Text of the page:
For one very good reason. Last time, the financial crisis struck when the U.S. was in an economic boom. Capital spending by corporations on information technologies was generating huge sales and profits, which more than compensated for the decline overseas. Indeed, falling currencies meant lower prices for high-tech and consumer-product imports, and served to combat inflation and fuel the boom.
The crisis brewing this time around comes when the world is in a synchronous slump, with the U.S. bouncing along the bottom of a severe slowdown. Weak overseas economies and falling currencies are translating into lower profits at a time when corporations are desperate for earnings. Compared with past recoveries, stocks are not responding nearly as well to Fed easing. In the recession of 1990, the Standard & Poor's 500-stock index was up 21.6% 17 weeks after the market trough. In 1982, it was up 36.3%. Today, the S&P is up only about 9% from its low. A profits drought is already hurting stocks. A currency crisis could make this much worse.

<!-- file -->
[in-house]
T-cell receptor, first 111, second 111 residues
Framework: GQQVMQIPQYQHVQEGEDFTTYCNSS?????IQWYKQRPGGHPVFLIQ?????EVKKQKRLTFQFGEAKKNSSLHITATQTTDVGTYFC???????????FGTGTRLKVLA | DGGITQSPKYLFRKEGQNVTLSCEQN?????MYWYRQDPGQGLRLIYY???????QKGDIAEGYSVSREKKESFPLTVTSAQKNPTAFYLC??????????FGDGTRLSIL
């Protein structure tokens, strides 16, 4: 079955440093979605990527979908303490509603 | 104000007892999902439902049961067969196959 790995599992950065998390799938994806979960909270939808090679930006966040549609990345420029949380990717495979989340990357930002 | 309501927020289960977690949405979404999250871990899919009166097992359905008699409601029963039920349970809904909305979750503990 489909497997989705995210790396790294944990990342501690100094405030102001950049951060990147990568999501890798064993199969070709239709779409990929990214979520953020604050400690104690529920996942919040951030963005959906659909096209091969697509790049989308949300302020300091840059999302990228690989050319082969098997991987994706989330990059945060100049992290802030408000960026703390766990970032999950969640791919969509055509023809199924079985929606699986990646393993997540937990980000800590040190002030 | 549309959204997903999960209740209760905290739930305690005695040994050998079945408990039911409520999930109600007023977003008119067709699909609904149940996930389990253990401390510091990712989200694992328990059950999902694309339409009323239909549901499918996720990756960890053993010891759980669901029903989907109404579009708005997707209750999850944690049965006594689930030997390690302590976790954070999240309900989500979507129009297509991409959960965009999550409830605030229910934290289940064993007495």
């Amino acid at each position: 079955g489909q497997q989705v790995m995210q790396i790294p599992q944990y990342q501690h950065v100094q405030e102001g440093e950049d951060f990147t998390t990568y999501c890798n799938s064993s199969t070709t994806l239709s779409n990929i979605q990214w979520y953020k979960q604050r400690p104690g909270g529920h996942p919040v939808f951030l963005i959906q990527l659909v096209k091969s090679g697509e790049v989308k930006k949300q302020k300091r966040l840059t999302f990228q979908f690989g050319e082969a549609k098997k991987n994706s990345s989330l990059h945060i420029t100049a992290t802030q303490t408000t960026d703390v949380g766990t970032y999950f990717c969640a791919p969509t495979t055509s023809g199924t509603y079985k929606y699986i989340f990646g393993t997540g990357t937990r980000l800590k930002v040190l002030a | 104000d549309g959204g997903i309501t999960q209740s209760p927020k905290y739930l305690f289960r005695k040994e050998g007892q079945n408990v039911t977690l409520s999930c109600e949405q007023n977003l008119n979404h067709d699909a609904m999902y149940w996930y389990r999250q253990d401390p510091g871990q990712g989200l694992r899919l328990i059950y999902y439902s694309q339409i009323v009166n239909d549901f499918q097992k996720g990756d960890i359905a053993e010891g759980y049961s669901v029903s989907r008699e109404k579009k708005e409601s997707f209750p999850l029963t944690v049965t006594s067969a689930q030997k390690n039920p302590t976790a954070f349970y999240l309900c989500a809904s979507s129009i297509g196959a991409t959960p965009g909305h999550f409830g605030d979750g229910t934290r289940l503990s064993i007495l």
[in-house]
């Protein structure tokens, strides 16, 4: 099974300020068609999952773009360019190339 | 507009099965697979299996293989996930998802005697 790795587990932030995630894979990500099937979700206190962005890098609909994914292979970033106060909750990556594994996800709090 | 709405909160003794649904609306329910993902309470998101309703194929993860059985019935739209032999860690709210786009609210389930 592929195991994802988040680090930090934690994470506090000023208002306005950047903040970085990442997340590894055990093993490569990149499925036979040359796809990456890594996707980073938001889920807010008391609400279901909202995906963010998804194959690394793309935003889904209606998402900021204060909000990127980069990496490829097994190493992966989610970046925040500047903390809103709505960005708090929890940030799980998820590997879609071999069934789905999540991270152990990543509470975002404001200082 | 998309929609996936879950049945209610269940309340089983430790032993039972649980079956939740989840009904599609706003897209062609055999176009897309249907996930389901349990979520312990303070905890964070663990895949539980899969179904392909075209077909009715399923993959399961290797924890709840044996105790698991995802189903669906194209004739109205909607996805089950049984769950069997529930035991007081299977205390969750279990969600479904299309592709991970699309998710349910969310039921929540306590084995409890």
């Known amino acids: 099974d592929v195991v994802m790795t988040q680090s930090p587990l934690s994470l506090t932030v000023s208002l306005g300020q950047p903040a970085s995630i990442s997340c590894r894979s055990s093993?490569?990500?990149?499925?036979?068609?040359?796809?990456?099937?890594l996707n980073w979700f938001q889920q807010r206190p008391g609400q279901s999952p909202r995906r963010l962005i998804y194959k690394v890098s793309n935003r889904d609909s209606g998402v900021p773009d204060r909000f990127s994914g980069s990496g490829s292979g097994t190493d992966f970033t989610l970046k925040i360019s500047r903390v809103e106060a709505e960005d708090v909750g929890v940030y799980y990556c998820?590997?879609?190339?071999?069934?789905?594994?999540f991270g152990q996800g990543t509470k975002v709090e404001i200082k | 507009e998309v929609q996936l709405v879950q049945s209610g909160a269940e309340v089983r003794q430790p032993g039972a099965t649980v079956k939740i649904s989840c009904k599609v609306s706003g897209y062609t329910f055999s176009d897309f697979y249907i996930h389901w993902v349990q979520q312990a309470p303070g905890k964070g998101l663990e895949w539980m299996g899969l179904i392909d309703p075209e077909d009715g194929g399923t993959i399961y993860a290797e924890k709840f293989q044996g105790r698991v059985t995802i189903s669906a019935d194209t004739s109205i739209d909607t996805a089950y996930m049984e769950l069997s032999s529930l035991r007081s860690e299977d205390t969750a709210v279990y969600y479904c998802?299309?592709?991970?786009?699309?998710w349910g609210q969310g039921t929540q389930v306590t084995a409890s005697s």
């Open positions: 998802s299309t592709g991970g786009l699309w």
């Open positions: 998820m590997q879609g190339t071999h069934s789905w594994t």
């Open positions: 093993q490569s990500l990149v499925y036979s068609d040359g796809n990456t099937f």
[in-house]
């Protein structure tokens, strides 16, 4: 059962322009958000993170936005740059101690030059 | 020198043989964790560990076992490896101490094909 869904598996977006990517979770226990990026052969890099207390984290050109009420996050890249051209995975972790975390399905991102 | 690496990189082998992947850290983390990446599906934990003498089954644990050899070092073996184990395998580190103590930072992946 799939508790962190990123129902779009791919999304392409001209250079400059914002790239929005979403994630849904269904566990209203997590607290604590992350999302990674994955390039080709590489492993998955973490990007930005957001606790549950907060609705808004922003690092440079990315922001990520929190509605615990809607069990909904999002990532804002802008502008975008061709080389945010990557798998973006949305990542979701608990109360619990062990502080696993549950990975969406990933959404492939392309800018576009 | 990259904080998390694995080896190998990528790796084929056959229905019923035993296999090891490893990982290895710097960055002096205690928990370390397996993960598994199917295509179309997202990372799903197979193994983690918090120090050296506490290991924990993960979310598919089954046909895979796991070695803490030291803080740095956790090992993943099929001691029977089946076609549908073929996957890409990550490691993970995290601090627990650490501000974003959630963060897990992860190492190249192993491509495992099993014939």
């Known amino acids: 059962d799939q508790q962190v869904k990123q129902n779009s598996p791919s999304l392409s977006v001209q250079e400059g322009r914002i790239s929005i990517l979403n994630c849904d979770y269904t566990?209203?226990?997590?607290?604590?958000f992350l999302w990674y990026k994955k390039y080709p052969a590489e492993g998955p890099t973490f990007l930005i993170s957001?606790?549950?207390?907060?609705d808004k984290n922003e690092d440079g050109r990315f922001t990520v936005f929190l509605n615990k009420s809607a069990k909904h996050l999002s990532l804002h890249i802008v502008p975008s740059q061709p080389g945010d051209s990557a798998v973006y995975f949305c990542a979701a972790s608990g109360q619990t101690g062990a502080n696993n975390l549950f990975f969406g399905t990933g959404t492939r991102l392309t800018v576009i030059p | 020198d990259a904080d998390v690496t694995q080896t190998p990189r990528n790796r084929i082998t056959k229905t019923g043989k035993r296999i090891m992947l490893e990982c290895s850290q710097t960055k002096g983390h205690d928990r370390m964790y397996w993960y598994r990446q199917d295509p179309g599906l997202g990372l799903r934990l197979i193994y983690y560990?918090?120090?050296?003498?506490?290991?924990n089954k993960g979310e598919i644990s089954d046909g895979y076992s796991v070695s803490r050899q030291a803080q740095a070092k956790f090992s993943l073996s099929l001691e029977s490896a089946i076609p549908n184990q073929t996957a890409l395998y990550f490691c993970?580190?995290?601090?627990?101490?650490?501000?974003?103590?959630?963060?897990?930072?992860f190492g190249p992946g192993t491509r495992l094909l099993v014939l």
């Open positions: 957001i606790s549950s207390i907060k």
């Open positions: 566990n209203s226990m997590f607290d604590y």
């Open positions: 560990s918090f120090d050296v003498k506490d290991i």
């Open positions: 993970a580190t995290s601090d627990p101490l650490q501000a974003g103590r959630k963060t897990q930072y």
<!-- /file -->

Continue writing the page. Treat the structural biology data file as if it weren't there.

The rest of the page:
O'Neill's predecessors at Treasury, Lawrence H. Summers and Robert E. Rubin, focused on short-term solutions to global financial crises and neglected the long-term impact of their actions. O'Neill wants to do the opposite. He says that previous bailouts encouraged banks to think the government would always save them, and argues that doing nothing to stave off a crisis would do little harm to the U.S.
Maybe, but the risks are asymmetrical. The U.S. economy is very fragile at the moment. A serious global financial crisis in the weeks ahead could hurt the prospects for a U.S. recovery. This isn't the time to experiment or debate the role of government and the purpose of intervention. The Treasury Secretary, a pragmatic man, should be prepared to act pragmatically in the days ahead.